Battered by climate change, Latin America must brace for worse

In its State of the Climate report for Latin America and the Caribbean (LAC) for 2021, the WMO said ecosystems, food and water, human health and welfare were all taking a battering.

Glaciers in the tropical Andes have lost more than 30% of their area in less than 50 years, increasing the risk of water scarcity in many regions.

Sea levels continued to rise at a faster rate than globally, and the so-called Central Chile Mega Drought—13 years and running—is the longest in at least 1,000 years.

Meanwhile, deforestation rates were the highest since 2009.

Brazilian Amazon deforestation doubled from the 2009-2018 average, with 22% more forest area lost in 2021 than the previous year.

“Increasing sea-level rise and ocean warming are expected to continue to affect coastal livelihoods, tourism, health, food, energy, and water security, particularly in small islands and Central American countries,” said WMO Secretary General Petteri Taalas.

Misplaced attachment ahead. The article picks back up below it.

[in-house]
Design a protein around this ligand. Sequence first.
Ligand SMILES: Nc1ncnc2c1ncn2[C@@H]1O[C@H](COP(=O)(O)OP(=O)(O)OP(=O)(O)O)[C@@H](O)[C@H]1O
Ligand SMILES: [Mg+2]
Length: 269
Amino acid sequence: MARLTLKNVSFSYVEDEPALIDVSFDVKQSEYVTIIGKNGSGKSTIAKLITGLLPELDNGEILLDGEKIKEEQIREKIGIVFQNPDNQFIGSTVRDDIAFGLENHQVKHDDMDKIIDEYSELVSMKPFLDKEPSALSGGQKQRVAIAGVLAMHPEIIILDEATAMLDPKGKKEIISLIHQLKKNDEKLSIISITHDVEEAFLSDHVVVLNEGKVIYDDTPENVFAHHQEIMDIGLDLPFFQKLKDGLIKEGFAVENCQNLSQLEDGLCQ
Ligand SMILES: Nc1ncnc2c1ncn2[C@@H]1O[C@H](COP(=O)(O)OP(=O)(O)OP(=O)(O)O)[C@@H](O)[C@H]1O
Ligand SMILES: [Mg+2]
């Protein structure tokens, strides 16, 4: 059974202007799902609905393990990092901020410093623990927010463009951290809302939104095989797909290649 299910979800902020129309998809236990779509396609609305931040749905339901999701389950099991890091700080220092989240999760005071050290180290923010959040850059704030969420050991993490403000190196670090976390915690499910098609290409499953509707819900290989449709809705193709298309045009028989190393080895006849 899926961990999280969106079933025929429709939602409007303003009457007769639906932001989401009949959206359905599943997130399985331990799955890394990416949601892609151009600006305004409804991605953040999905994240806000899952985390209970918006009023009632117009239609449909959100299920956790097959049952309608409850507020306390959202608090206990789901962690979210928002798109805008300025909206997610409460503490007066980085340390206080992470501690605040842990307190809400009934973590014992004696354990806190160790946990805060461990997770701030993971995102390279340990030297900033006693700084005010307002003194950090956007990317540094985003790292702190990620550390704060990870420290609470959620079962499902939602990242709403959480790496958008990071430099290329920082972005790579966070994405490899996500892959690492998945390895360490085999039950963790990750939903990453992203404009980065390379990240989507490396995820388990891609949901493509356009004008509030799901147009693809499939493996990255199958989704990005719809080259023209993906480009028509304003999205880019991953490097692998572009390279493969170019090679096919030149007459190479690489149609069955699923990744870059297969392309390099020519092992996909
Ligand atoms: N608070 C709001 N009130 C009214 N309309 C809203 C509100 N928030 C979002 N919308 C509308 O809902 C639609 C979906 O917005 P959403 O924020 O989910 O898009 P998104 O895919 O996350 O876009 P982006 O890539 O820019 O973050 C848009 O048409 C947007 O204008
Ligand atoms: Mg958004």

“For many Andean cities, melting glaciers represent the loss of a significant source of freshwater… for domestic use, irrigation and hydroelectric power.”

Worsening climate change, compounded by the impacts of the coronavirus pandemic, have “stalled decades of progress against poverty, food insecurity and the reduction of inequality in the region,” added Mario Cimoli of the Economic Commission for Latin America and the Caribbean.

In Guatemala, El Salvador and Nicaragua, 7.7 million people experienced high levels of food insecurity in 2021.

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